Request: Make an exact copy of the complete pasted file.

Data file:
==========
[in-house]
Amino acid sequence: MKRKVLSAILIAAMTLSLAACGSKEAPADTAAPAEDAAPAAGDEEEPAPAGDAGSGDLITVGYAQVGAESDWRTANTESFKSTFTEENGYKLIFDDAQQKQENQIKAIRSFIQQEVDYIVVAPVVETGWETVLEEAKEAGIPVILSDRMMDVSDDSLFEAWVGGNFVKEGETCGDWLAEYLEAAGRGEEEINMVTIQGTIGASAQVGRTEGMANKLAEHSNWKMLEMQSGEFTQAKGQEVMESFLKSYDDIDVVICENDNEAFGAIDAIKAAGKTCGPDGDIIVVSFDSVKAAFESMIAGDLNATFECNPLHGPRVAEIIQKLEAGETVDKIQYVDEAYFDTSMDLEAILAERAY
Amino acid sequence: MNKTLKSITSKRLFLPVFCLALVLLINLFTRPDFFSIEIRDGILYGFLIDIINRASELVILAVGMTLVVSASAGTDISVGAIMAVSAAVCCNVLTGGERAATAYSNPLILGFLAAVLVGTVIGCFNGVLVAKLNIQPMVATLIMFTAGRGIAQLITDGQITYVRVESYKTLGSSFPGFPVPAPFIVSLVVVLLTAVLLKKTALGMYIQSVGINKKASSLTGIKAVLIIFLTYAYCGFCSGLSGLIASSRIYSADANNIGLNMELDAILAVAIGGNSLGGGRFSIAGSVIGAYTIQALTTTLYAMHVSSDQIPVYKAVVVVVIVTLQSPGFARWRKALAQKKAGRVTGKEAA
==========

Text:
[in-house]
Amino acid sequence: MKRKVLSAILIAAMTLSLAACGSKEAPADTAAPAEDAAPAAGDEEEPAPAGDAGSGDLITVGYAQVGAESDWRTANTESFKSTFTEENGYKLIFDDAQQKQENQIKAIRSFIQQEVDYIVVAPVVETGWETVLEEAKEAGIPVILSDRMMDVSDDSLFEAWVGGNFVKEGETCGDWLAEYLEAAGRGEEEINMVTIQGTIGASAQVGRTEGMANKLAEHSNWKMLEMQSGEFTQAKGQEVMESFLKSYDDIDVVICENDNEAFGAIDAIKAAGKTCGPDGDIIVVSFDSVKAAFESMIAGDLNATFECNPLHGPRVAEIIQKLEAGETVDKIQYVDEAYFDTSMDLEAILAERAY
Amino acid sequence: MNKTLKSITSKRLFLPVFCLALVLLINLFTRPDFFSIEIRDGILYGFLIDIINRASELVILAVGMTLVVSASAGTDISVGAIMAVSAAVCCNVLTGGERAATAYSNPLILGFLAAVLVGTVIGCFNGVLVAKLNIQPMVATLIMFTAGRGIAQLITDGQITYVRVESYKTLGSSFPGFPVPAPFIVSLVVVLLTAVLLKKTALGMYIQSVGINKKASSLTGIKAVLIIFLTYAYCGFCSGLSGLIASSRIYSADANNIGLNMELDAILAVAIGGNSLGGGRFSIAGSVIGAYTIQALTTTLYAMHVSSDQIPVYKAVVVVVIVTLQSPGFARWRKALAQKKAGRVTGKEAA